Tuesday, May 28, 2019
Inflation or Deflation - Who Will Win?
Source: Observations from the Executive SuiteBy Jeff Kramer, Managing Director, NRC Realty & Capital Advisors
There are contradictory inflationary and deflationary forces in play right now. Why is this important to me as a convenience store owner/operator? For one, it has a large impact on our main costs, such as fuel, store items, labor, occupancy costs, and interest rates. Also, it can impact our net worth, since it affects land and building valuations and overall business value, often reflected in stock market valuations and what private companies know as ‘Goodwill’. Goodwill values go up in a strong economy and down in a soft economy, as reflected in the price ‘multiple’ companies are willing to pay. A soft economy is often accompanied by tighter lending standards, when combined property and business values converge more with ‘appraised values’, making it more difficult to finance acquisitions or construction with debt.
Governments must monitor inflationary and deflationary trends, because certain policies can impact both and ultimately, the economy. Monetary policy is important and influential over time, but rarely a cure all by itself. Too strong an inflation can often be controlled by raising interest rates. While painful, inflation can usually be more easily controlled than deflation. The reason is that if deflation becomes a mindset of the public and business as prices remain stable or fall, it is often easy to delay purchases. This is true for housing, cars, computers, etc. Reducing interest rates does help spur demand, but once the deflationary mindset is there, it can be slow to reverse. Think of Japan. Were it not for exports, they would have had negative or no growth for over the last 25 years, because they have an aging population that saves rather than spends, and even 0% interest rates cannot encourage them to borrow.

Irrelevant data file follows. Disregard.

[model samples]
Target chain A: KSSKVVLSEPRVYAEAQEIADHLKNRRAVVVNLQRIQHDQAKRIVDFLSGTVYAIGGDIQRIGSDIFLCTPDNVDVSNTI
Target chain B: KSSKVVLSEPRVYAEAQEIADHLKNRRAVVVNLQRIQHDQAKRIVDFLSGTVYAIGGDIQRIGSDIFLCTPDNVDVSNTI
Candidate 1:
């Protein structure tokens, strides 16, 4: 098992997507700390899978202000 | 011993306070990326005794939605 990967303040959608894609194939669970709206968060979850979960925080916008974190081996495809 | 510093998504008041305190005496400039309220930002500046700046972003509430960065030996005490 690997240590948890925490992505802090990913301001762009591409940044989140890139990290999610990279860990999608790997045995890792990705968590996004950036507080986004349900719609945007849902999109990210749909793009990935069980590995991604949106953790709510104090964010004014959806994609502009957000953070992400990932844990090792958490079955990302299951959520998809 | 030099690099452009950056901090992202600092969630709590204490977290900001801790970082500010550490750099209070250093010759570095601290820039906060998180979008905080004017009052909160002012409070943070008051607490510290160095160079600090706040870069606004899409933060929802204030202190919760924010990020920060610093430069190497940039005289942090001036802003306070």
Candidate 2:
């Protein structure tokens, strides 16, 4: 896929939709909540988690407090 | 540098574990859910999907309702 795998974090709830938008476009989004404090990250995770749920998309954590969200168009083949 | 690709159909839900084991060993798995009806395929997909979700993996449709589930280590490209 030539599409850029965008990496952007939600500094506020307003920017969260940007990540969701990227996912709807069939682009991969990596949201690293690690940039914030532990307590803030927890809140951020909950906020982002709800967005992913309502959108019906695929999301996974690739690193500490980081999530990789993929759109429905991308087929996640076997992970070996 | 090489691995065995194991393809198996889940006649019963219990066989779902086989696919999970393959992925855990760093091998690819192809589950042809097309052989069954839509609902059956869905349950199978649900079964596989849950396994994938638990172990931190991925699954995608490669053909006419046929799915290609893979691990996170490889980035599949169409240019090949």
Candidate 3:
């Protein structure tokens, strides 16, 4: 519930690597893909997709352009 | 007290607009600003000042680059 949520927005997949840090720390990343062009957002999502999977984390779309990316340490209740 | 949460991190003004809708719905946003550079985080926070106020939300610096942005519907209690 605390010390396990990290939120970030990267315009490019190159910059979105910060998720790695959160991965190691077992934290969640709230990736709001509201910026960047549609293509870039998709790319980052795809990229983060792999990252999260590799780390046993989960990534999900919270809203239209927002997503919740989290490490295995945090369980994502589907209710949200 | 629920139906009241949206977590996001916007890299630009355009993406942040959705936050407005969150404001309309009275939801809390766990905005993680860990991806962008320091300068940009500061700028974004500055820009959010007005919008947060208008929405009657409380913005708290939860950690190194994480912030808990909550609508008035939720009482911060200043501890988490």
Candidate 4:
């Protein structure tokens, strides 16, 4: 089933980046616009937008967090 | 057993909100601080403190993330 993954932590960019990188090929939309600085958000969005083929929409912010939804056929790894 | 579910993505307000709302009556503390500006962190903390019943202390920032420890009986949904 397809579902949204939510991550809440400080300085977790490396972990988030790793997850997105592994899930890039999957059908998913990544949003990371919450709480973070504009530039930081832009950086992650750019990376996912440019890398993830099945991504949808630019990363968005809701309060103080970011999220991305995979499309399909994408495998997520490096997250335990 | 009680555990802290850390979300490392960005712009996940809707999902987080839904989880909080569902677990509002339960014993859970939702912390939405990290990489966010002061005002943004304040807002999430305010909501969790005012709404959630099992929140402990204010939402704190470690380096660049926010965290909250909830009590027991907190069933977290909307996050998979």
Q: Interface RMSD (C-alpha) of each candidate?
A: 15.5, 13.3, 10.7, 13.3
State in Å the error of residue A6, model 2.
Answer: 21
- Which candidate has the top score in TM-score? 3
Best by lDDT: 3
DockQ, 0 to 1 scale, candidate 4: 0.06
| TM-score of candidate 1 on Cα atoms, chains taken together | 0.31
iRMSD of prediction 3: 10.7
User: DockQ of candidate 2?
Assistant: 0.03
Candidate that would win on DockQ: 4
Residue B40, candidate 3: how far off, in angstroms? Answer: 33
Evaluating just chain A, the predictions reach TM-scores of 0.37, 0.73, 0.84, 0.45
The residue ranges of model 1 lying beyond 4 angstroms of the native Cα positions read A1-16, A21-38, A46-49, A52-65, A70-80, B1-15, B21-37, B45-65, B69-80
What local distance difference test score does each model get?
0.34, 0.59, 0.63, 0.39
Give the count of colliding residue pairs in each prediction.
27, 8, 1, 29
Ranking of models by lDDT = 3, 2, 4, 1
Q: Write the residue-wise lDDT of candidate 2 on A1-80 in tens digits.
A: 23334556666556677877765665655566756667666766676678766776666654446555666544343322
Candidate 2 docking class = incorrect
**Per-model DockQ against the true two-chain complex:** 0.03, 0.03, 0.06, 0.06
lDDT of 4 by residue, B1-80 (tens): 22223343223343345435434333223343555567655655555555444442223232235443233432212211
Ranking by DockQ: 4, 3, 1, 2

So, where is the World today, and in particular, the U.S? Here are my thoughts on the most impactful inflationary and deflationary trends. Then I’ll tell you my overall feeling, and then you can decide for yourself.
Higher wage costs and worker ‘shortages’ get a lot of Press today. So far, in the U.S. at least, there is labor tightness, but it seems more not having the right workers trained for certain jobs, or having available jobs today’s workforce does not want. In the U.S., manufacturing represents only 11% of our economy, so clearly labor intensive service businesses are more important as labor costs increase, which they are!